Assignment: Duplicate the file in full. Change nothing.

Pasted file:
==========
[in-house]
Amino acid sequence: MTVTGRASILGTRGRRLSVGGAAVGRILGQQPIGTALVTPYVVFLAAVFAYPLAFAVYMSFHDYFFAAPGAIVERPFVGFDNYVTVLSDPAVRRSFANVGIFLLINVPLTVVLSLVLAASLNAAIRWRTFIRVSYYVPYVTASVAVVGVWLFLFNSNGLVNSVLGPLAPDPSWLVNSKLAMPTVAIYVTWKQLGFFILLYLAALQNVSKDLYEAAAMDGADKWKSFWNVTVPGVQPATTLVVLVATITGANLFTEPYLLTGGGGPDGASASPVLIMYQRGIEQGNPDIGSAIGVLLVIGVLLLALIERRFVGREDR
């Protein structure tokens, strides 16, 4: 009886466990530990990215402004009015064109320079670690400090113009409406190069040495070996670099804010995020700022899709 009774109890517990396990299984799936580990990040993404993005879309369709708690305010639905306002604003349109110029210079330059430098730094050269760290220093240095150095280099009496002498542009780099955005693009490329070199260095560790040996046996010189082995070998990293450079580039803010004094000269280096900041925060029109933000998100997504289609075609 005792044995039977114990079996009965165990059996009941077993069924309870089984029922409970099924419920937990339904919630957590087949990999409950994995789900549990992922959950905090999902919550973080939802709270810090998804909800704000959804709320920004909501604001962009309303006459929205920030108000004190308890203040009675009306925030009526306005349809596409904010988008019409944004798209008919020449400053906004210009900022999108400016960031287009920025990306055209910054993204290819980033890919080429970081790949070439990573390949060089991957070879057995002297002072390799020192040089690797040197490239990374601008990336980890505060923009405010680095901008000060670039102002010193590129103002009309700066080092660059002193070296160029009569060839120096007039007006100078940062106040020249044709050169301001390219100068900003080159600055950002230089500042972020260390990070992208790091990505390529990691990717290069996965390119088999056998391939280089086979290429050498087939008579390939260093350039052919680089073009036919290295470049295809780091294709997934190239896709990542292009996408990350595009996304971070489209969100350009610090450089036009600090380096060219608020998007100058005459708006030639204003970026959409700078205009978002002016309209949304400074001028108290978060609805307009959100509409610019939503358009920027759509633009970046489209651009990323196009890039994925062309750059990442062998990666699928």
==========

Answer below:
[in-house]
Amino acid sequence: MTVTGRASILGTRGRRLSVGGAAVGRILGQQPIGTALVTPYVVFLAAVFAYPLAFAVYMSFHDYFFAAPGAIVERPFVGFDNYVTVLSDPAVRRSFANVGIFLLINVPLTVVLSLVLAASLNAAIRWRTFIRVSYYVPYVTASVAVVGVWLFLFNSNGLVNSVLGPLAPDPSWLVNSKLAMPTVAIYVTWKQLGFFILLYLAALQNVSKDLYEAAAMDGADKWKSFWNVTVPGVQPATTLVVLVATITGANLFTEPYLLTGGGGPDGASASPVLIMYQRGIEQGNPDIGSAIGVLLVIGVLLLALIERRFVGREDR
């Protein structure tokens, strides 16, 4: 009886466990530990990215402004009015064109320079670690400090113009409406190069040495070996670099804010995020700022899709 009774109890517990396990299984799936580990990040993404993005879309369709708690305010639905306002604003349109110029210079330059430098730094050269760290220093240095150095280099009496002498542009780099955005693009490329070199260095560790040996046996010189082995070998990293450079580039803010004094000269280096900041925060029109933000998100997504289609075609 005792044995039977114990079996009965165990059996009941077993069924309870089984029922409970099924419920937990339904919630957590087949990999409950994995789900549990992922959950905090999902919550973080939802709270810090998804909800704000959804709320920004909501604001962009309303006459929205920030108000004190308890203040009675009306925030009526306005349809596409904010988008019409944004798209008919020449400053906004210009900022999108400016960031287009920025990306055209910054993204290819980033890919080429970081790949070439990573390949060089991957070879057995002297002072390799020192040089690797040197490239990374601008990336980890505060923009405010680095901008000060670039102002010193590129103002009309700066080092660059002193070296160029009569060839120096007039007006100078940062106040020249044709050169301001390219100068900003080159600055950002230089500042972020260390990070992208790091990505390529990691990717290069996965390119088999056998391939280089086979290429050498087939008579390939260093350039052919680089073009036919290295470049295809780091294709997934190239896709990542292009996408990350595009996304971070489209969100350009610090450089036009600090380096060219608020998007100058005459708006030639204003970026959409700078205009978002002016309209949304400074001028108290978060609805307009959100509409610019939503358009920027759509633009970046489209651009990323196009890039994925062309750059990442062998990666699928």